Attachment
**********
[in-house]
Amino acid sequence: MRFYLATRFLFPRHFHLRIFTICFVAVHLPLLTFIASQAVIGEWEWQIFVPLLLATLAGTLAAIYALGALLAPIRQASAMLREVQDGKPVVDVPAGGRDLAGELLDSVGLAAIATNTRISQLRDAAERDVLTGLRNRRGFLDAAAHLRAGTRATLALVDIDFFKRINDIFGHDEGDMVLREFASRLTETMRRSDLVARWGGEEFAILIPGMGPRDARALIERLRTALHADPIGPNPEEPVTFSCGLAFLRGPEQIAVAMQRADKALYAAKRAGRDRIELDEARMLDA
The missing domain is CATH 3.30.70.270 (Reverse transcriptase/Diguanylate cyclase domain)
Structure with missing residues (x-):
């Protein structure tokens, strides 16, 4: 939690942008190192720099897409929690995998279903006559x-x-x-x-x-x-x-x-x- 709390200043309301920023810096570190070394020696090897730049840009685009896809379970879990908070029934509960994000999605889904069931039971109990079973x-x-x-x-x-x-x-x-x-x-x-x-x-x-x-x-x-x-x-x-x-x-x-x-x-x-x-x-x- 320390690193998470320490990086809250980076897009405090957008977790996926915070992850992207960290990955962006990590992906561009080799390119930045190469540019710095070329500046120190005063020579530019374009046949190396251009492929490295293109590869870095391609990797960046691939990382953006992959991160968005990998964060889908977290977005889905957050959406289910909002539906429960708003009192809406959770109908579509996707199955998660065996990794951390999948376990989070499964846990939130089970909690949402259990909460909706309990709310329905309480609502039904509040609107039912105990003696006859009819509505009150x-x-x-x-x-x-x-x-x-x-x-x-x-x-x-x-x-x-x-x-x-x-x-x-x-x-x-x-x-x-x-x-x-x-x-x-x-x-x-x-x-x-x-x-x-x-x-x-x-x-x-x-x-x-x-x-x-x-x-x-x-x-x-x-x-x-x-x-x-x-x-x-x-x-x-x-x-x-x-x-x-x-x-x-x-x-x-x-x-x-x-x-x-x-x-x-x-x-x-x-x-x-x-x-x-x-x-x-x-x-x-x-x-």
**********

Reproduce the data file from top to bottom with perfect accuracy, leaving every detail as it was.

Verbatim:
[in-house]
Amino acid sequence: MRFYLATRFLFPRHFHLRIFTICFVAVHLPLLTFIASQAVIGEWEWQIFVPLLLATLAGTLAAIYALGALLAPIRQASAMLREVQDGKPVVDVPAGGRDLAGELLDSVGLAAIATNTRISQLRDAAERDVLTGLRNRRGFLDAAAHLRAGTRATLALVDIDFFKRINDIFGHDEGDMVLREFASRLTETMRRSDLVARWGGEEFAILIPGMGPRDARALIERLRTALHADPIGPNPEEPVTFSCGLAFLRGPEQIAVAMQRADKALYAAKRAGRDRIELDEARMLDA
The missing domain is CATH 3.30.70.270 (Reverse transcriptase/Diguanylate cyclase domain)
Structure with missing residues (x-):
């Protein structure tokens, strides 16, 4: 939690942008190192720099897409929690995998279903006559x-x-x-x-x-x-x-x-x- 709390200043309301920023810096570190070394020696090897730049840009685009896809379970879990908070029934509960994000999605889904069931039971109990079973x-x-x-x-x-x-x-x-x-x-x-x-x-x-x-x-x-x-x-x-x-x-x-x-x-x-x-x-x- 320390690193998470320490990086809250980076897009405090957008977790996926915070992850992207960290990955962006990590992906561009080799390119930045190469540019710095070329500046120190005063020579530019374009046949190396251009492929490295293109590869870095391609990797960046691939990382953006992959991160968005990998964060889908977290977005889905957050959406289910909002539906429960708003009192809406959770109908579509996707199955998660065996990794951390999948376990989070499964846990939130089970909690949402259990909460909706309990709310329905309480609502039904509040609107039912105990003696006859009819509505009150x-x-x-x-x-x-x-x-x-x-x-x-x-x-x-x-x-x-x-x-x-x-x-x-x-x-x-x-x-x-x-x-x-x-x-x-x-x-x-x-x-x-x-x-x-x-x-x-x-x-x-x-x-x-x-x-x-x-x-x-x-x-x-x-x-x-x-x-x-x-x-x-x-x-x-x-x-x-x-x-x-x-x-x-x-x-x-x-x-x-x-x-x-x-x-x-x-x-x-x-x-x-x-x-x-x-x-x-x-x-x-x-x-």